Public opinion is shifting towards climate action, even in the U.S.. Generational politics loom large here. Simply put, younger people have a stronger stake in our society taking bold climate action, and polls show that the younger Americans are, the more they want change. This alone is changing climate politics, since with every year, more older people opposed to change pass from the political scene, and more young people join it.

The Smokestacks Come Tumbling Down [Alex Steffen/The Nearly Now]

Notable Replies

  1. 45's own defense sec agrees and, wow!, does he look tired.

  2. Imgur

    Always seems to be that way.

    Live in one and lived in the other...can confirm.

    If he lives in Utah, that explains his "belief" that socialism is bad. The LDS Church is big on the self reliant thing and if you want help, you have to work for it (which is fine). However, they also have this memory of the "BIG BAD GOVERNMENT!!" who drove them from their homes and made them flee to Utah and blah blah blah, so they have a BIG distrust of anything at the federal level.

    On the plus side, the dumbasses...um I mean lawmakers have pretty much destroyed the tourist industry in favor of mining and oil companies so Utah is going to be hurting pretty soon.

  3. Judging by all available evidence, it's the exurb called "Short-Term Thinking Estates." AKA Galt's Gulch Lite.

    Careful, or he'll call you an out-of-touch elitist who's oppressing poor people by telling them what's good for them.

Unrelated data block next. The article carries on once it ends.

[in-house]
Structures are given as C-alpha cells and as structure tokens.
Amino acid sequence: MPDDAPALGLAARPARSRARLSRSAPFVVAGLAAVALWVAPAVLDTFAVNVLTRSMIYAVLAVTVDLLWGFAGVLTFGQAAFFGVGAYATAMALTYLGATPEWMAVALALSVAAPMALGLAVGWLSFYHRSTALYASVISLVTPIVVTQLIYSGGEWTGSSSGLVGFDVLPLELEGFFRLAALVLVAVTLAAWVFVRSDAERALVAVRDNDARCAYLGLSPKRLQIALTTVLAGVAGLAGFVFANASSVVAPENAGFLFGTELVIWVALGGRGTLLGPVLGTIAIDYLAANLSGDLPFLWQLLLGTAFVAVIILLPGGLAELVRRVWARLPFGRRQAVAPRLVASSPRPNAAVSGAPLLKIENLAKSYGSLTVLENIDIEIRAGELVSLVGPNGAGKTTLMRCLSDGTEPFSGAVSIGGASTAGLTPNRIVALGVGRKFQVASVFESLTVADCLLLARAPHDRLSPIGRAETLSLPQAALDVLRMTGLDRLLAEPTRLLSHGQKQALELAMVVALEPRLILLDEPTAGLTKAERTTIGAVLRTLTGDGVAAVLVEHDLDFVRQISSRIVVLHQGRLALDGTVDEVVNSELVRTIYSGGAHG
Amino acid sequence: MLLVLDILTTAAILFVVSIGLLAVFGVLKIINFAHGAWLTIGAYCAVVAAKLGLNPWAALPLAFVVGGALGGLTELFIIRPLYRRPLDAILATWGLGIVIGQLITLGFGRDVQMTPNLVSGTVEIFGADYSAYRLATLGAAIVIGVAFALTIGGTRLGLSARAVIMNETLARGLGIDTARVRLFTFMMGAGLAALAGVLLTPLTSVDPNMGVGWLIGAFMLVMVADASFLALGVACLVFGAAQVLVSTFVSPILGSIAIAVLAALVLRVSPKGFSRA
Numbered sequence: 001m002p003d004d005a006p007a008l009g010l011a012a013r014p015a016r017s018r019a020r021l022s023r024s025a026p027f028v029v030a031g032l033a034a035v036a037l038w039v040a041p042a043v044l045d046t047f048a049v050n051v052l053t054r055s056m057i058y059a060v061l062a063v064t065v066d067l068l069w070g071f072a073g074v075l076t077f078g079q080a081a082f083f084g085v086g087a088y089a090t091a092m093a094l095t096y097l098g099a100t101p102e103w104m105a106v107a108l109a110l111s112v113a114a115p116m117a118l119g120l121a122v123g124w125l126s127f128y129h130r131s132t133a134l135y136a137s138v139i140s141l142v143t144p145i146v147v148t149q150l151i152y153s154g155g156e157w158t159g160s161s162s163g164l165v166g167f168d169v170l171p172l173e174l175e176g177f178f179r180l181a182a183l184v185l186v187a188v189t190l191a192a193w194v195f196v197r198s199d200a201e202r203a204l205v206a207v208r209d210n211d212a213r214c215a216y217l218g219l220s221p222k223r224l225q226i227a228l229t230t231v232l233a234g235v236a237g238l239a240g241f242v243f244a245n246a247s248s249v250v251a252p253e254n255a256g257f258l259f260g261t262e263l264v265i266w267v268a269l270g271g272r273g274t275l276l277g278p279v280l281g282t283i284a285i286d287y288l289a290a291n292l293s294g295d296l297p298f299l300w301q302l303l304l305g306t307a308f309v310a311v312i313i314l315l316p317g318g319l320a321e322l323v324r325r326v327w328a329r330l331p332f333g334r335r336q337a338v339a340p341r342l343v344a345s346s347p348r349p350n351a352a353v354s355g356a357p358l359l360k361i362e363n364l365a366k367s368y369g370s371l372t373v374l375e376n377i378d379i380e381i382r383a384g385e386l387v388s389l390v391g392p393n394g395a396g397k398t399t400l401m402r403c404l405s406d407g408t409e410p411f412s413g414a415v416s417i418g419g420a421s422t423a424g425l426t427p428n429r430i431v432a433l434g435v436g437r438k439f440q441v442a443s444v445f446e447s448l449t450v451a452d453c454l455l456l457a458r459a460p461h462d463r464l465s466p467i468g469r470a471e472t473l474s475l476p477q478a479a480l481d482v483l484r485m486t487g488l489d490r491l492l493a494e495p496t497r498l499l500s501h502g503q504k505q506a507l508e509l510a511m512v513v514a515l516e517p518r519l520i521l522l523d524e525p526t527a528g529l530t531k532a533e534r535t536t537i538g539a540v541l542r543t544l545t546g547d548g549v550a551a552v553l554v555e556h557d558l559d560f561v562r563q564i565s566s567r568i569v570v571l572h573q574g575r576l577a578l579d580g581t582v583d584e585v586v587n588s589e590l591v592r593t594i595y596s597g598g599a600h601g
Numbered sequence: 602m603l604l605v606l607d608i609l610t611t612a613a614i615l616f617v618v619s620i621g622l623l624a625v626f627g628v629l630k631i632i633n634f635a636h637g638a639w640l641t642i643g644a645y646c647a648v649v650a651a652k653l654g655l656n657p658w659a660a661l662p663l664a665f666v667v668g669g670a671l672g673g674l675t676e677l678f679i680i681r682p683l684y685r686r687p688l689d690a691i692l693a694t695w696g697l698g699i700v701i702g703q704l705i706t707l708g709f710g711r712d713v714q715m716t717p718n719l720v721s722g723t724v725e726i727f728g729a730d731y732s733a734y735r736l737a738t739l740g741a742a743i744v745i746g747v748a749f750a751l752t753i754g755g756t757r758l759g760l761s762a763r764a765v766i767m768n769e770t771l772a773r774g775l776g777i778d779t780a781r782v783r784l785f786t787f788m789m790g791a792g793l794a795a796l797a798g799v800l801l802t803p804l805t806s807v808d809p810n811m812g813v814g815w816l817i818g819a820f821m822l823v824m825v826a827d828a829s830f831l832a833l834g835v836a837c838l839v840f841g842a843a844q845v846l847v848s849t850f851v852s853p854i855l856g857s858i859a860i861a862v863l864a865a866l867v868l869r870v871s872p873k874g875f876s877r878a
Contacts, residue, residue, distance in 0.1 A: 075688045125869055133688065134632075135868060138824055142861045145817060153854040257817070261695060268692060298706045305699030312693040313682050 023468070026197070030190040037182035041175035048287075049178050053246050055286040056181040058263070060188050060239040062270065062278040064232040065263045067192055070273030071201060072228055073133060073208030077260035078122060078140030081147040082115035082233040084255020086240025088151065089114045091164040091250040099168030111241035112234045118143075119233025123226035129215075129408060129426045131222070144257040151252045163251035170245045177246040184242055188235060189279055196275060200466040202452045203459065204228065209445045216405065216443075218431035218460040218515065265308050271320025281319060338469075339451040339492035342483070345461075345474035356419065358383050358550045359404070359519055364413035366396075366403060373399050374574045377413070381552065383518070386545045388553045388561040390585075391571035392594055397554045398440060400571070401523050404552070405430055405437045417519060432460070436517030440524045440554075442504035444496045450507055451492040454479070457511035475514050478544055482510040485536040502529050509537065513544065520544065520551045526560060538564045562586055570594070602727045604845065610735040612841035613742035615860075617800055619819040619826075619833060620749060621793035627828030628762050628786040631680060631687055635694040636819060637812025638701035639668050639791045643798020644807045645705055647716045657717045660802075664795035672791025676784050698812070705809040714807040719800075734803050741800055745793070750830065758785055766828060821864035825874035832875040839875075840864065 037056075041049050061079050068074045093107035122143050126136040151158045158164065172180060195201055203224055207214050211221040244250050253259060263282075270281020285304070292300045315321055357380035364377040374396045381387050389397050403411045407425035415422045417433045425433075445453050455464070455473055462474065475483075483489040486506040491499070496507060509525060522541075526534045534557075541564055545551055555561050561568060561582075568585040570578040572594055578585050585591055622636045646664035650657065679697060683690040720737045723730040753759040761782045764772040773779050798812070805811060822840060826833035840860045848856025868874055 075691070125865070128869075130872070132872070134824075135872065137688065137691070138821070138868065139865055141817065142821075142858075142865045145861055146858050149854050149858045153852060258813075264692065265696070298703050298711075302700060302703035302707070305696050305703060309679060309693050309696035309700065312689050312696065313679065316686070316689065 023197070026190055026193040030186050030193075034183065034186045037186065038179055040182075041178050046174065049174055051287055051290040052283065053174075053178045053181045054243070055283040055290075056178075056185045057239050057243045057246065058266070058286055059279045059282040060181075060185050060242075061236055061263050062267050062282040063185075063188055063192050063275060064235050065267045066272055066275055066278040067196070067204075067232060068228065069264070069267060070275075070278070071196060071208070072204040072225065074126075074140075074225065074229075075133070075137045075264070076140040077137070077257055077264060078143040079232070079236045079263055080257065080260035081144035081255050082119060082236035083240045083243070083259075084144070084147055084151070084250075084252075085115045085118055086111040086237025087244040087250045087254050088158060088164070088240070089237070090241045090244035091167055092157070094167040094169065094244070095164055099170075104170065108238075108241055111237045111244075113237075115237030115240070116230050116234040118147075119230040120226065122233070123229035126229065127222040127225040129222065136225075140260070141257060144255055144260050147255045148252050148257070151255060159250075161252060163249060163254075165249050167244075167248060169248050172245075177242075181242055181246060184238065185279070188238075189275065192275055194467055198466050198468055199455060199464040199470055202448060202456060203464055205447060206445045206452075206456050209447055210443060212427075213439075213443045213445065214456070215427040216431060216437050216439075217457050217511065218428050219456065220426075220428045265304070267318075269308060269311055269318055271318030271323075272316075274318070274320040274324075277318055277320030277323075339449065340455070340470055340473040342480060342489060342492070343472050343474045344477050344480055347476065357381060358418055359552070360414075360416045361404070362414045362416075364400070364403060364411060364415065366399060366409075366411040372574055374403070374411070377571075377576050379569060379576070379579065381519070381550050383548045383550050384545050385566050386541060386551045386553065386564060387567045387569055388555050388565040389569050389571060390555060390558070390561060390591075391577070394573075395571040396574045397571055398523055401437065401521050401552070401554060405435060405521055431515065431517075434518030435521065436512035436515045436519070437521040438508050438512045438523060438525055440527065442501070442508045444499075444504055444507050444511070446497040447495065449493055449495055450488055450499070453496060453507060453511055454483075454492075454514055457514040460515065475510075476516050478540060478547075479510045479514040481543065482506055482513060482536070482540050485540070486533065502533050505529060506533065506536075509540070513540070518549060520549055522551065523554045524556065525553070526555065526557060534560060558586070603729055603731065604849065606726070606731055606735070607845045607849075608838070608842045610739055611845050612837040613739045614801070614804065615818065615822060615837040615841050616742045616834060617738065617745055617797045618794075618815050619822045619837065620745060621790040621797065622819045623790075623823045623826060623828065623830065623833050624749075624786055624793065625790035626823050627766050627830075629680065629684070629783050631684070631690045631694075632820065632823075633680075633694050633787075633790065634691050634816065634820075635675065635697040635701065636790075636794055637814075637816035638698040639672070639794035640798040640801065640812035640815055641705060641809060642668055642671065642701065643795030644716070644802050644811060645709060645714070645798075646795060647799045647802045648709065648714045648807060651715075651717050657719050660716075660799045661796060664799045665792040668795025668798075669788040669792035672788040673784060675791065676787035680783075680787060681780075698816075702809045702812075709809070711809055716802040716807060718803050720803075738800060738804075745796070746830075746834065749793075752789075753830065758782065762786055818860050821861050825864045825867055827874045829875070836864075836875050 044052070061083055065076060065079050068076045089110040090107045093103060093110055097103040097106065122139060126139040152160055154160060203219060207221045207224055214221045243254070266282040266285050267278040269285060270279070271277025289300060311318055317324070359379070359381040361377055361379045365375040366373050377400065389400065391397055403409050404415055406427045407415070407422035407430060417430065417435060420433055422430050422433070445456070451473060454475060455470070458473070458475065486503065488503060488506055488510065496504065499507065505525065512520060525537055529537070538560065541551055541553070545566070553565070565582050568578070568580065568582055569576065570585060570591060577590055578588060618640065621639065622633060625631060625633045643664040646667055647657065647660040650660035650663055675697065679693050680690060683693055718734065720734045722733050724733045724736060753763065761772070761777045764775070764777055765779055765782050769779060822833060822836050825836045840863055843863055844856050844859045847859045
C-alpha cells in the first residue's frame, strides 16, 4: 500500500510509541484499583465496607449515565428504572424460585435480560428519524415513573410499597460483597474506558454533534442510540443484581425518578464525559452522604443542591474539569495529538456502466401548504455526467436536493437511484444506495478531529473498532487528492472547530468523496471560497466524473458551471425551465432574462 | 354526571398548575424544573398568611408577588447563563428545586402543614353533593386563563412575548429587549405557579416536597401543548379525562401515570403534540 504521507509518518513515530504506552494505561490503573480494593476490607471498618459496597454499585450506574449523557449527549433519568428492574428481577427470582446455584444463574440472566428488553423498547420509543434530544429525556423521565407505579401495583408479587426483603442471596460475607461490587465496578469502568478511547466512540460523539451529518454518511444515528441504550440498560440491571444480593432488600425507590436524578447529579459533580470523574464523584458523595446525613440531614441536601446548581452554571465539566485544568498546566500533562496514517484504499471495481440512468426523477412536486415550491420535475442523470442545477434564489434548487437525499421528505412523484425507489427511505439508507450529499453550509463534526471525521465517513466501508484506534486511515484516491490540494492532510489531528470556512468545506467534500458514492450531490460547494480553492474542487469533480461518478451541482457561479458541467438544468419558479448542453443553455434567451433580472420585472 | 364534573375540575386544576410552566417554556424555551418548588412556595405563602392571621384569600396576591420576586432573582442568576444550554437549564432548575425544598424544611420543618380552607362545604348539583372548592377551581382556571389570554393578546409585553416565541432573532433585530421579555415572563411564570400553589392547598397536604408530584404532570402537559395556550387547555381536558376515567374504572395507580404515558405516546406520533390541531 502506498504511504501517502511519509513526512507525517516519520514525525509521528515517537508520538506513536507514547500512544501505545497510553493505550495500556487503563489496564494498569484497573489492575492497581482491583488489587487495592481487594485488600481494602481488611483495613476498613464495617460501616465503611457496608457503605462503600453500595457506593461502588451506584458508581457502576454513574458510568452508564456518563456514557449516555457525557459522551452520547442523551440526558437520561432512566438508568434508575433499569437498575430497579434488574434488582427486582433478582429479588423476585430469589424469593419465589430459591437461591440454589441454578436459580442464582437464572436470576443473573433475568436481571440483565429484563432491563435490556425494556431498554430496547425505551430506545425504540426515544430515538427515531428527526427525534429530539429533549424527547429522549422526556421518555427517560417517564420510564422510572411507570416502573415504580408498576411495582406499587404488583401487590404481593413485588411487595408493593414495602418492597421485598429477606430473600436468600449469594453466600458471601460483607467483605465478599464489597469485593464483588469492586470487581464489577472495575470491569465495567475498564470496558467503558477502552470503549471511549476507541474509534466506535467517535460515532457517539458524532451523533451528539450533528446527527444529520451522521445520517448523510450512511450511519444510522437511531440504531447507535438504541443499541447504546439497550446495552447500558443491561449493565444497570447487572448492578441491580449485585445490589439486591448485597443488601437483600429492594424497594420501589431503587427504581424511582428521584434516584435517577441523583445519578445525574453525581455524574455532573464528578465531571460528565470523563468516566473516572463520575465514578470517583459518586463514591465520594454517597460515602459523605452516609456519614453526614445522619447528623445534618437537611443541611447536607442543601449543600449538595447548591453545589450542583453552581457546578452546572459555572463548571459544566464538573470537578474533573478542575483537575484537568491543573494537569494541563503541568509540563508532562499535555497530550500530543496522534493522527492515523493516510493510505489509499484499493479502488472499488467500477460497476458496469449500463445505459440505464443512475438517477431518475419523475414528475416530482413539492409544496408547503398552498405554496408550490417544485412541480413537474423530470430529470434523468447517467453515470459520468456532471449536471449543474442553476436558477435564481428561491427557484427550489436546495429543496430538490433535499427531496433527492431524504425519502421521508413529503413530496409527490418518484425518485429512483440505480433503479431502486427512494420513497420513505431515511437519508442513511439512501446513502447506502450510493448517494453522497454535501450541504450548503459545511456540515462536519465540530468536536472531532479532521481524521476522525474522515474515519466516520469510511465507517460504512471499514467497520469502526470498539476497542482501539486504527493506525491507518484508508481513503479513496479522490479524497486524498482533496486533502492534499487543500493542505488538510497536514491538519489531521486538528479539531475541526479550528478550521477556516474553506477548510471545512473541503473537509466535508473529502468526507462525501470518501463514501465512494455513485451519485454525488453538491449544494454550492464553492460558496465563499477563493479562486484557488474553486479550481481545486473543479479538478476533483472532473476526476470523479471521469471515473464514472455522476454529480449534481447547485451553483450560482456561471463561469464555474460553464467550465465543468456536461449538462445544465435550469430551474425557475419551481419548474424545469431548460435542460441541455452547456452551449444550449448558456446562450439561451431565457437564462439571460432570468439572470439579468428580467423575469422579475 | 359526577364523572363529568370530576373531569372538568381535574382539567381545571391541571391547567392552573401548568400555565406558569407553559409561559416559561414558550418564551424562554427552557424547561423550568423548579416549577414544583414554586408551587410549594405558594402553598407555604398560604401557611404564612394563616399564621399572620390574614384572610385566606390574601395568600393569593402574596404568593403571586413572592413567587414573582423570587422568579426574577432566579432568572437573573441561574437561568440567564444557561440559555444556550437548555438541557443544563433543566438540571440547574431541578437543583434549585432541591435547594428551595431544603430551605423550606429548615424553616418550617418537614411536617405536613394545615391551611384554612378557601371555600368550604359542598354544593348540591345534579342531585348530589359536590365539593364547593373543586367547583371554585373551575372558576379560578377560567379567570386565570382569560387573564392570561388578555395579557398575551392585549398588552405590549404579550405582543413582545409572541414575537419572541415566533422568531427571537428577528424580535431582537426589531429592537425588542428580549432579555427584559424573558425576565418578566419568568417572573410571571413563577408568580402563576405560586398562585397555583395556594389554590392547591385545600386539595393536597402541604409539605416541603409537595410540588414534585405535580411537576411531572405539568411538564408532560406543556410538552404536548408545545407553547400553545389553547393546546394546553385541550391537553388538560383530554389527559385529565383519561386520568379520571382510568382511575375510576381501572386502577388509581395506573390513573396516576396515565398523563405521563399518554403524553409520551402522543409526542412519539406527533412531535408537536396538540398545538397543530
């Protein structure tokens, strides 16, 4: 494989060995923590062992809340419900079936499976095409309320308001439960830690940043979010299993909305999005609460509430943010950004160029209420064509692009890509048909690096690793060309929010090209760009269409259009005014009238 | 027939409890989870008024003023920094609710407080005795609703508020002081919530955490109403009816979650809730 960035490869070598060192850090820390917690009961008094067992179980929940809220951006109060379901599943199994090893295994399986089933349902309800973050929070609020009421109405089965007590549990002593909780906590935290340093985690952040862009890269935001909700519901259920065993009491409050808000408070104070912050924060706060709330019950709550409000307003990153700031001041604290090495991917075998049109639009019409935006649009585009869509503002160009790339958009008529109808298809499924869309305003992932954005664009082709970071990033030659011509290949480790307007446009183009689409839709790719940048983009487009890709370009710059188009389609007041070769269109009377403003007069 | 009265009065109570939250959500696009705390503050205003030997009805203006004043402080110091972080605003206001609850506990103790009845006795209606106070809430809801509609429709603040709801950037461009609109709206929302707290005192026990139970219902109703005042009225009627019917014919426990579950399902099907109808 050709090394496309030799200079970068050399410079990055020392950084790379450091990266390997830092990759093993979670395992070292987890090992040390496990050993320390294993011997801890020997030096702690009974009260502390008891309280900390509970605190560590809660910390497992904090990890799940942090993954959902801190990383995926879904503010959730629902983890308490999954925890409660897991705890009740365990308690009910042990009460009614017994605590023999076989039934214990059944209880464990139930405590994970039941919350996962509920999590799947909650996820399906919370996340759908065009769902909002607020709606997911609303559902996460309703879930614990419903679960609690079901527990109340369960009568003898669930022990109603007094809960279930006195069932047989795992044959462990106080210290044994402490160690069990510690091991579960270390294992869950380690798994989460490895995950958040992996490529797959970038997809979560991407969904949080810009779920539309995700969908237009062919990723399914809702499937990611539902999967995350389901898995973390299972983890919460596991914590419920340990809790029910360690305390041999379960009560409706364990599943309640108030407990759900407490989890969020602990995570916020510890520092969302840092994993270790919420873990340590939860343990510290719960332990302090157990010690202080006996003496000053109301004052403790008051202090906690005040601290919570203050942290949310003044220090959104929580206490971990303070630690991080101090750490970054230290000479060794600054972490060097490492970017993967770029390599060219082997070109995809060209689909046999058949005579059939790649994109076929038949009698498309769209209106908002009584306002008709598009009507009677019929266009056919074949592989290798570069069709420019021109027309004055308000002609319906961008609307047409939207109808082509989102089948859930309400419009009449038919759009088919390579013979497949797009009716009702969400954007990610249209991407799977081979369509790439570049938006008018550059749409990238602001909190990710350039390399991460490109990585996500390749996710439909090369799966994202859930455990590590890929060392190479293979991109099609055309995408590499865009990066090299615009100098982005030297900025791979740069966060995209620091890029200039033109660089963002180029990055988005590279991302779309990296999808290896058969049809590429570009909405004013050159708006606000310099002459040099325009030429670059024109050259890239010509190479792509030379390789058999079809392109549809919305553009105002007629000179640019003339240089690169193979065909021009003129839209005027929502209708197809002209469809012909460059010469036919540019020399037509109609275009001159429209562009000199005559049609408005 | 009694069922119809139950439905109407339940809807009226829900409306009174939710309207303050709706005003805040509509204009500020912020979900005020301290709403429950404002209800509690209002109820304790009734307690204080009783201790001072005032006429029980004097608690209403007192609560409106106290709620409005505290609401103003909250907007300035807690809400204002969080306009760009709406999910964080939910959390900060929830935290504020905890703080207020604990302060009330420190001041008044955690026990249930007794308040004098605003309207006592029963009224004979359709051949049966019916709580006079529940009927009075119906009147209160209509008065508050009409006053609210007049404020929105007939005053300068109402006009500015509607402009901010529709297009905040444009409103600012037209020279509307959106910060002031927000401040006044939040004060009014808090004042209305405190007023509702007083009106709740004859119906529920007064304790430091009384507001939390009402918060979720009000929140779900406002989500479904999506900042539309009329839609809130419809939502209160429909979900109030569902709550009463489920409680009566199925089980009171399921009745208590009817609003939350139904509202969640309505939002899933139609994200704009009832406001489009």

4. Let's assume that every joule of energy that goes into making a solar panel or wind turbine comes from fossil fuels. The relevant metric here is EROEI - energy returned on energy invested. For solar PV, panels produce anywhere from 5.9 to 60 kWh for each kWh needed to produce them. For wind it is 20 to 50. (For hydro, close to 100, but there's less opportunity to build more). Over the life of the PV or wind turbine, total fossil fuel demand will be 5 to 59 kWh lower than it would have been if we used the fossil fuels directly.

    Plus, that is electrical energy. It takes 3-5 kWh of fossil fuels to make 1kWh of electrical energy in a power plant, so you're actually saving 3-5x as much.

    By comparison, the EROEI for mining fossil fuels ranges from 5-40, with coal on the high and and oil and gas near the low end. I.e. the same range as renewables. So if you need to produce 1kWh of electricity, you can spend fossil fuels to extract fossil fuels and burn them, or you can spend the same amount of fossil fuels (plus 2.5%-20% needed to extract more fossil fuels) to produce renewable power equipment, and end up using 5 to 59 times less in total.

    Over time, btw, EROEI for renewables has been steadily rising as we get better manufacturing methods, while that of fossil fuels has been steadily falling as we go after harder to reach sources.

    And yes, I'm well aware that a lot of world energy usage is thermal and/or mobile rather than electrical and grid connected. I'm not pretending we could switch to all renewables tomorrow. Electrical energy storage is not yet ready to solve that problem at the scale we will need once intermittent renewables reach sufficiently high grid penetration, let alone all other applications. This is a separate problem that won't matter until renewables grow several to maybe 10 times larger than they are now, and that many companies are already working on.

    You're argument does not hold water even on its own terms. In reality, not all the energy needed to make PV and wind turbines comes from fossil fuels, and the proportion decreases over time as the energy mix shifts toward renewables.

  5. I think of Mormons (and Amish and Mennonites) as examples of a form of socialism, actually. They aren't self-reliant at all; they're very much interdependent. So much so that being cast out is considered the greatest punishment.